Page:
All Will Be Well

In a recent column, Mary Schmich wrote about the discipline of optimism:

Optimism . . . is hard. It can take work. It demands focus in the face of contradiction. It's a habit of mind, and like all habits it can be easy to lose.

What does this discipline look like? How can I develop this "habit of mind?" Here are three ways:

  1. Love yourself (and others). God is love, and we are created in the image of God. We all bear the imprint of Christ--"I am in my Father, and you are in me, and I am in you." (John 14:20) We are all worthy of love, and we are all loved. Spend a few moments each day and identify times when you have loved and when have received love.
  2. Disrupt negativity. Perhaps the biggest obstacle to being optimistic is the notion that we are unworthy--flawed, broken, "sinful." While true--we are all broken in some way; we all bear wounds that prevent us from believing that we are loved--this is not helpful thinking. So, when a negative thought occupies your mind, affirm your value. Speak it out loud and in the present tense.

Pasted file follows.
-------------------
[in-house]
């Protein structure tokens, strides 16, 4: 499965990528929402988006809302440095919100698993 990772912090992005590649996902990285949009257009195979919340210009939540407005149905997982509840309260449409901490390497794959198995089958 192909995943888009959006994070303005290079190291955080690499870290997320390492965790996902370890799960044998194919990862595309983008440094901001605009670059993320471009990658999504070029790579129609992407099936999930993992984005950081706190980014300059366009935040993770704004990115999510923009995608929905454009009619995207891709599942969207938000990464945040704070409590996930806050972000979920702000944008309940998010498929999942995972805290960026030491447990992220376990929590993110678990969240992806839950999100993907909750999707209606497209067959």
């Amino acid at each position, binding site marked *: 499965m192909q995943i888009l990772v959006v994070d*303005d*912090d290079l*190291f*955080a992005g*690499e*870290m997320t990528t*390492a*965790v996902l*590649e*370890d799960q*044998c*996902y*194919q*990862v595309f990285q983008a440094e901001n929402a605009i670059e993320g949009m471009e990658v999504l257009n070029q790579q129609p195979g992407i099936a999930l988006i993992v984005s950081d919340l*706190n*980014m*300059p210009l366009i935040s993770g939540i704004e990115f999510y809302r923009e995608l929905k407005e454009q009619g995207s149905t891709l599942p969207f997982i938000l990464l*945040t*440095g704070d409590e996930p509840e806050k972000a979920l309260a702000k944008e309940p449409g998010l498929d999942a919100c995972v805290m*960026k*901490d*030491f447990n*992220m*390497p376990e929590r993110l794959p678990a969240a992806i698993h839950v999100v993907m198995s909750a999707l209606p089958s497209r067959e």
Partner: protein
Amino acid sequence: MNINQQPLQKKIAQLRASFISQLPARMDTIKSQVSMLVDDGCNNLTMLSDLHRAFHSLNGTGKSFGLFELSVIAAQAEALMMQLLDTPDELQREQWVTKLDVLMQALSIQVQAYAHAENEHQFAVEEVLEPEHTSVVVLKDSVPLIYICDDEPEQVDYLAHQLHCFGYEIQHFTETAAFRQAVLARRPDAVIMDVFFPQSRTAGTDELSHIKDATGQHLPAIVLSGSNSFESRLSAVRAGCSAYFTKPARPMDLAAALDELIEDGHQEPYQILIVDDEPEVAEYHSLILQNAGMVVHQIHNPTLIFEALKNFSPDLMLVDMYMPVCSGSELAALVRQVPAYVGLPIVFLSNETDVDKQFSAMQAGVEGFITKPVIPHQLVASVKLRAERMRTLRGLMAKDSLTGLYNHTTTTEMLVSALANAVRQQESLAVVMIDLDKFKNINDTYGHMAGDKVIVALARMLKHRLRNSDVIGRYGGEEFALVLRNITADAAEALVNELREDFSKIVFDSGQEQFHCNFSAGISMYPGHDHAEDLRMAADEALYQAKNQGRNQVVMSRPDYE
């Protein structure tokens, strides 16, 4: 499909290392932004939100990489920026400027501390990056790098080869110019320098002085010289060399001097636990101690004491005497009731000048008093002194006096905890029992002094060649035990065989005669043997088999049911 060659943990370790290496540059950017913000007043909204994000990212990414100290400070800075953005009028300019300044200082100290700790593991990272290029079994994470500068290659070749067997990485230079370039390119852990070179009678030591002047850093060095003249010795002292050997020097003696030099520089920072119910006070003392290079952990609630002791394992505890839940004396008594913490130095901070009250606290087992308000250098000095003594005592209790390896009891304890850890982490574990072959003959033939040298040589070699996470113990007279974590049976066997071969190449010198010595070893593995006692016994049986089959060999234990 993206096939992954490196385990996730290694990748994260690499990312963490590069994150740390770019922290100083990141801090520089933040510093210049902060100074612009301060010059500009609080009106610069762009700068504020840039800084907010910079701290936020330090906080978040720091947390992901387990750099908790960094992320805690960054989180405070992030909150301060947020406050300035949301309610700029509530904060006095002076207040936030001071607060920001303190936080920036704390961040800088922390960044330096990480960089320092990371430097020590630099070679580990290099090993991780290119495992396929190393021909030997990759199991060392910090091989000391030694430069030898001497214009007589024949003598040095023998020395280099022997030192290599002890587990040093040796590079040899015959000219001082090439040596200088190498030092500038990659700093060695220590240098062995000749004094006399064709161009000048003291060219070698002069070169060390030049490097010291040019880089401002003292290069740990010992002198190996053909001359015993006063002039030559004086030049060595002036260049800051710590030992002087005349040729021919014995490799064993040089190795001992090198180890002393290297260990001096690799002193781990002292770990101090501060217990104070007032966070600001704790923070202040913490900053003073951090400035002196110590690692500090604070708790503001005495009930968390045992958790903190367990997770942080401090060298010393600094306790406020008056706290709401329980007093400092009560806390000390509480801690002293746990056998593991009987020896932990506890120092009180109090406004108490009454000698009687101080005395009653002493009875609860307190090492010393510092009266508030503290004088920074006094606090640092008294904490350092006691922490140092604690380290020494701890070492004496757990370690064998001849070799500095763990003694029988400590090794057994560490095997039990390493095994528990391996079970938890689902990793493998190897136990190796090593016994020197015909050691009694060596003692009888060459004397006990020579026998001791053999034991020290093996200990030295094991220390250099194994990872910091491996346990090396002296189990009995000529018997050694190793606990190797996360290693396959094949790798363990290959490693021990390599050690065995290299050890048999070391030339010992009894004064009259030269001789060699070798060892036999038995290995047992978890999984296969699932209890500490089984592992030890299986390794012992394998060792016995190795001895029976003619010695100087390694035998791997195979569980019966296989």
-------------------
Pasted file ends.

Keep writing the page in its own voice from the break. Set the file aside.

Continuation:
3. Learn from suffering. Suffering is unavoidable; yet we can't help trying to avoid suffering. But this only leads to more suffering. Thus begins a vicious cycle. Rather than trying to avoid it, treat suffering as a teacher. Pay close attention to the pain--describe it objectively--and ask: Where do you come from? Where will you lead me? What do you have to teach me? Then listen with compassion. You might be surprised with what you will learn.

We need optimism if we are going to survive the commute of life, that is, the journey to our true self. Through the hard work of optimism, we will discover our desire to know God fully as God knows us (see 1 Corinthians 13:12). Through optimism, we discover hope; from this hope springs yet more optimism. This is how we dance to the words of Julian of Norwich, "All shall be well, and all shall be well, and all manner of things shall be well."


All will be well, all will be well, and all manner of things will be well.
— Julian of Norwich